We all had as much time as we wanted in each of the cars and it was interesting (or perhaps predictable) which cars got the most attention but also surprising in how some of the cars fared against the others. I (and I think many of the others) just decided to turn off as many of the nannies as possible in order to try to see what the cars would do “au naturel” which I think turned out to be the best (and most entertaining) call as there was really no danger of anything going pear-shaped. On the street I would generally not suggest doing so however as there are others to be aware of and responsible toward. In no particular order here are the vehicular participants:
2020 Nissan Altima SV AWD – This is one of the new generation Altimas in mid-level trim with the standard 182hp 2.5l DOHC 4-cylinder engine backed by a CVT. Loaded with options, this one stickered at around $32,000 and was equipped with AWD. I had not driven this car previously (actually can’t recall the last time I drove ANY Altima) and found that while the 9000 foot altitude obviously resulted in a power reduction, it drove well and predictable with its AWD system. While it would understeer (like all the others really), it was possible to get the rear end to swing around and drift around corners if one used the steering wheel to get the weight of the body to transfer and then vary power and brake inputs at the correct times.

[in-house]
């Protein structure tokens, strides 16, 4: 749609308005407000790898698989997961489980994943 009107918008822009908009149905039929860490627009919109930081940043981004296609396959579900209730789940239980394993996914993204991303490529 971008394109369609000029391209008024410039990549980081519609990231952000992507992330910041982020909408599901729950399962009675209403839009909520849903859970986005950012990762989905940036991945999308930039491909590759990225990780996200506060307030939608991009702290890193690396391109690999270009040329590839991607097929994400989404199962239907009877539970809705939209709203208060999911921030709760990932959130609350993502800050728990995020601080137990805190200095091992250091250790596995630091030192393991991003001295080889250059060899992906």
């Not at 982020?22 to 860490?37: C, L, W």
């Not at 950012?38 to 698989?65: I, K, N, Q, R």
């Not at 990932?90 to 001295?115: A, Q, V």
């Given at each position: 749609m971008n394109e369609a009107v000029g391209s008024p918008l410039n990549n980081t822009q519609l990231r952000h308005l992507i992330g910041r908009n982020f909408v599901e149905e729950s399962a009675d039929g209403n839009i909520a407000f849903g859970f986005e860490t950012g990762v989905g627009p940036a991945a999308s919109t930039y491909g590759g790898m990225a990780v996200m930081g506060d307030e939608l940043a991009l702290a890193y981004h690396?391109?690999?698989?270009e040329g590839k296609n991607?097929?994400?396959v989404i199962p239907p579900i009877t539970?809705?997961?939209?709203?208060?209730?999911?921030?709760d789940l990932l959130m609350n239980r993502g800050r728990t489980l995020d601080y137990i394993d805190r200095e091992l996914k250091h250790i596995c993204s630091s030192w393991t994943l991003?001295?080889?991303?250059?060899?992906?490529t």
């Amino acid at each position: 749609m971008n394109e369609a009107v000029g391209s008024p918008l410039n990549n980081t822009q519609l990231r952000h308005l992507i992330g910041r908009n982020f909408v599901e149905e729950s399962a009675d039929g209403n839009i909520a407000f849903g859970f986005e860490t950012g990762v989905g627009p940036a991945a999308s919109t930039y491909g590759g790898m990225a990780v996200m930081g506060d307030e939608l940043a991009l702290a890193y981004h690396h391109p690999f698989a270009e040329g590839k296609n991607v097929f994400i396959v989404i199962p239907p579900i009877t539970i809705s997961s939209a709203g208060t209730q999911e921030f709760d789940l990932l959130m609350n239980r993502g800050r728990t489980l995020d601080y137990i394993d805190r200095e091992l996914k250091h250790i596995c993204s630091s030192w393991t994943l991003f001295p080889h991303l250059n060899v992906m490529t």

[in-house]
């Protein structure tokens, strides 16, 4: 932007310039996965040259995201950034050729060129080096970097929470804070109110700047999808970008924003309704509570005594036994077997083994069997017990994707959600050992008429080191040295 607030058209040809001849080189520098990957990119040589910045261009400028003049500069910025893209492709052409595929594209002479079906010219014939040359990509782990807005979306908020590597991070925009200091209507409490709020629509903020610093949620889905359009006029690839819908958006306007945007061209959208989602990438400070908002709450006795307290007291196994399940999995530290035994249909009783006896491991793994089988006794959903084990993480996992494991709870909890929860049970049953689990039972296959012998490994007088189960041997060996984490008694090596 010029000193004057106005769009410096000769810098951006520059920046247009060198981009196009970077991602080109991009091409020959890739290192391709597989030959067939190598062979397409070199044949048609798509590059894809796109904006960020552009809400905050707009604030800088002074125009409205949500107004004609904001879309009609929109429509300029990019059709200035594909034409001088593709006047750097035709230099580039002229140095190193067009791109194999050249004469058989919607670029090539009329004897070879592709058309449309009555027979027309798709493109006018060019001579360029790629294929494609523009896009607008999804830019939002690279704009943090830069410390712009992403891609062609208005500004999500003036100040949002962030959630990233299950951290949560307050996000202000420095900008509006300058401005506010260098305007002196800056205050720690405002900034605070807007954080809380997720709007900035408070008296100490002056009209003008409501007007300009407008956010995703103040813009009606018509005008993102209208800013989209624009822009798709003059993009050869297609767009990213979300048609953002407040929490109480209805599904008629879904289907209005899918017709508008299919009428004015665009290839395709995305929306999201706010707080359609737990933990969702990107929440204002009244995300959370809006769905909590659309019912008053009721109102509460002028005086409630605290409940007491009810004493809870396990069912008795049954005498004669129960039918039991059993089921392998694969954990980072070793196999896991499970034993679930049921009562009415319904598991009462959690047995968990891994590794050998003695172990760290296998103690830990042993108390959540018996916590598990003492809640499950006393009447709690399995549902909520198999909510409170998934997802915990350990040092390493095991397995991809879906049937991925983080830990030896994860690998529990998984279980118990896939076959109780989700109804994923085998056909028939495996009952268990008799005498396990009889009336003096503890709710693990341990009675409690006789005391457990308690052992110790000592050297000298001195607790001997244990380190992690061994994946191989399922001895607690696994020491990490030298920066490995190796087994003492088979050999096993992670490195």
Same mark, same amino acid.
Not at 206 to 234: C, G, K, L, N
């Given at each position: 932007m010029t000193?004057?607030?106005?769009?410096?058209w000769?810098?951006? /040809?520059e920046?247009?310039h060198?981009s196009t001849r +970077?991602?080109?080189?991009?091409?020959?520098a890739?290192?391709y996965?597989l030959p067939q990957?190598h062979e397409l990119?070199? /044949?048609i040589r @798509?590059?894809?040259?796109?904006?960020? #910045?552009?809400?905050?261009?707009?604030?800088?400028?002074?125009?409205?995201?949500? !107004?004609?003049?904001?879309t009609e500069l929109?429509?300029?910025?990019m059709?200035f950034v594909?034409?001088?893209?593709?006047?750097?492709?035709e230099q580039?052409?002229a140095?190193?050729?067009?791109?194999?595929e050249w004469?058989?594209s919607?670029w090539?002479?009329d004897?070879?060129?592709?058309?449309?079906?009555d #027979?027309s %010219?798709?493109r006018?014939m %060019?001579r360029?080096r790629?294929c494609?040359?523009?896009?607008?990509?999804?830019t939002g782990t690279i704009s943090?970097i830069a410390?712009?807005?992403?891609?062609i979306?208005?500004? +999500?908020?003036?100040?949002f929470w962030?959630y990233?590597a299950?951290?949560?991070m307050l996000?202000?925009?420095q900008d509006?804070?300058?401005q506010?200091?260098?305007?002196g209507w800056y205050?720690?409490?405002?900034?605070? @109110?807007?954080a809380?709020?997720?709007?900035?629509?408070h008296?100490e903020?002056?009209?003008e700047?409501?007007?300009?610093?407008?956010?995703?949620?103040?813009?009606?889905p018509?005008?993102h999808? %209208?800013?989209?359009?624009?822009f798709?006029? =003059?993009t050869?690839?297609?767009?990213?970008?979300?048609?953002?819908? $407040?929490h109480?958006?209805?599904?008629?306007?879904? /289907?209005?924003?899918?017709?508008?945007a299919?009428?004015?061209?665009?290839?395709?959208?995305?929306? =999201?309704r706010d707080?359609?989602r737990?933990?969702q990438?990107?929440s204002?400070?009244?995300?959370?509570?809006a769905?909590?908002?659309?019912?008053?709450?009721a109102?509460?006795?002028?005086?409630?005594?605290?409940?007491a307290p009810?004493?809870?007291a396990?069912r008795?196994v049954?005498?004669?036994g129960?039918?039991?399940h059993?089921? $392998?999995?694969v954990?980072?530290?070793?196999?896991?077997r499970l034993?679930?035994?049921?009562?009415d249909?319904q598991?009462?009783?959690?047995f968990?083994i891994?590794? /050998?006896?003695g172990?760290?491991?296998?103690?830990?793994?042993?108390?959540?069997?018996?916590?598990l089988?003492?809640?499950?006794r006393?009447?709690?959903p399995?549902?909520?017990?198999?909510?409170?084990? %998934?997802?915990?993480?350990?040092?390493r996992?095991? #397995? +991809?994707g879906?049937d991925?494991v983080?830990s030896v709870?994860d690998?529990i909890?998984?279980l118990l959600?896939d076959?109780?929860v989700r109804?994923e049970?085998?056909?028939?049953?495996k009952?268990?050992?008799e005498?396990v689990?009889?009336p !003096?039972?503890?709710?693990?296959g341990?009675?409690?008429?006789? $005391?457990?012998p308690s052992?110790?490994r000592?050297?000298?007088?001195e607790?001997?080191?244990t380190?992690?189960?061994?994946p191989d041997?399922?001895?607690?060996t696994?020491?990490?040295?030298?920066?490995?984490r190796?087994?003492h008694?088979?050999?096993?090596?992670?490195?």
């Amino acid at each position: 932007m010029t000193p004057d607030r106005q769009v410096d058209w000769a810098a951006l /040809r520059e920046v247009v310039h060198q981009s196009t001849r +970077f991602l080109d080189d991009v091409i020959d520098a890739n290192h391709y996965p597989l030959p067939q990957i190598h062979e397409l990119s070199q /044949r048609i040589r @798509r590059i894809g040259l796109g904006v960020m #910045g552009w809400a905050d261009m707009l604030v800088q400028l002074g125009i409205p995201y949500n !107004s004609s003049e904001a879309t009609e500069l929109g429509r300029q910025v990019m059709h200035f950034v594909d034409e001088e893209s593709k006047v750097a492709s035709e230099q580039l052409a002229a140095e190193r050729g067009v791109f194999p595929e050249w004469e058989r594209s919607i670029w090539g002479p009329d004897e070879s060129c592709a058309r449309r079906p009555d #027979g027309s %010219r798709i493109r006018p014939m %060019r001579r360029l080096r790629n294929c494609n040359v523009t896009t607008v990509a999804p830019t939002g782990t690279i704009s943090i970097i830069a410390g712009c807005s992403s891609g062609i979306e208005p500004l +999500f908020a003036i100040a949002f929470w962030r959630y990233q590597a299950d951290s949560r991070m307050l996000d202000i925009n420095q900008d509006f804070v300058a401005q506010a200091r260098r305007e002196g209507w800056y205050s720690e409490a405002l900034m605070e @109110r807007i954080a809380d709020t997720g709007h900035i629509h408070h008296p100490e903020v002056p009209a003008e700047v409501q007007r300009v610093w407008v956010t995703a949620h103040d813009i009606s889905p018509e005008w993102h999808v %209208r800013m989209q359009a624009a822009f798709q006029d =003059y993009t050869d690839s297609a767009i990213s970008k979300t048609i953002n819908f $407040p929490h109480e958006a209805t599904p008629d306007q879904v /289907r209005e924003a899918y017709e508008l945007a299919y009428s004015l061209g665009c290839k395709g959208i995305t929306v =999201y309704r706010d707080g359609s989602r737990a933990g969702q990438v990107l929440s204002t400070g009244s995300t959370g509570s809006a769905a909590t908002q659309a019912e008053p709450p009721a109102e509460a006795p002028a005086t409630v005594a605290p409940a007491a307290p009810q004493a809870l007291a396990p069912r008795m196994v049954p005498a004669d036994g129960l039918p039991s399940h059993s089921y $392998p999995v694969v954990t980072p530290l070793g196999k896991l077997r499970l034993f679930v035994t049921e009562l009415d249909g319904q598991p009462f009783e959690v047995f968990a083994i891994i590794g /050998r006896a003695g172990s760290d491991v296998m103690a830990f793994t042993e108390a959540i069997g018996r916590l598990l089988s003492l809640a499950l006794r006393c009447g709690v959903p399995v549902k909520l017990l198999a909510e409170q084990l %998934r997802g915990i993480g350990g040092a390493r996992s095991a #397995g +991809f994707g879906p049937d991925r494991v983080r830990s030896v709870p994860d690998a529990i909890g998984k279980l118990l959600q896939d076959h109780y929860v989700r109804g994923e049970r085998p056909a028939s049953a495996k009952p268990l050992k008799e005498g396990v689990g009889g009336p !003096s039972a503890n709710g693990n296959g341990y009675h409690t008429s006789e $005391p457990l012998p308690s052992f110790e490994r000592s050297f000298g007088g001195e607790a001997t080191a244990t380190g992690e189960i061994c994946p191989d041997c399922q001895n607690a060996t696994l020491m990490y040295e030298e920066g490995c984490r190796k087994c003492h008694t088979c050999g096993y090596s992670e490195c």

As it has been since its third generation the Altima is quite a large car, and the latest restyle has definitely classed it up inside compared to the previous iteration. The outside is well designed too with enough character to make it recognizable but not so much that it’s offputting.